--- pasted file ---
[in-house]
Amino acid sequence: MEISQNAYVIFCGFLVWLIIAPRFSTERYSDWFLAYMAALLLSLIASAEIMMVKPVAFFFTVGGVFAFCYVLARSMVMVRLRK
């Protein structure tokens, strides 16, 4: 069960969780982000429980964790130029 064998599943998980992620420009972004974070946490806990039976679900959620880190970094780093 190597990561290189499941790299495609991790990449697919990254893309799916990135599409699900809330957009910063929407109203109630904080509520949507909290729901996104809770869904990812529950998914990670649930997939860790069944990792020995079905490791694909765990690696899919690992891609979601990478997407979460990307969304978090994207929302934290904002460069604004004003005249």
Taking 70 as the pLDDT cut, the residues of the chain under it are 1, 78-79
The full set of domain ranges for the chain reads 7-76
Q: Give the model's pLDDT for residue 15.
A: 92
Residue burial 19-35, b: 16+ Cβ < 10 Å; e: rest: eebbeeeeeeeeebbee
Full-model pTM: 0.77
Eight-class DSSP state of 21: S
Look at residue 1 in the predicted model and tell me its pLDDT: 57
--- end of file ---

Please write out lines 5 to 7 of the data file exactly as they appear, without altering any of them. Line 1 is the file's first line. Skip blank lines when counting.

The full set of domain ranges for the chain reads 7-76
Q: Give the model's pLDDT for residue 15.
A: 92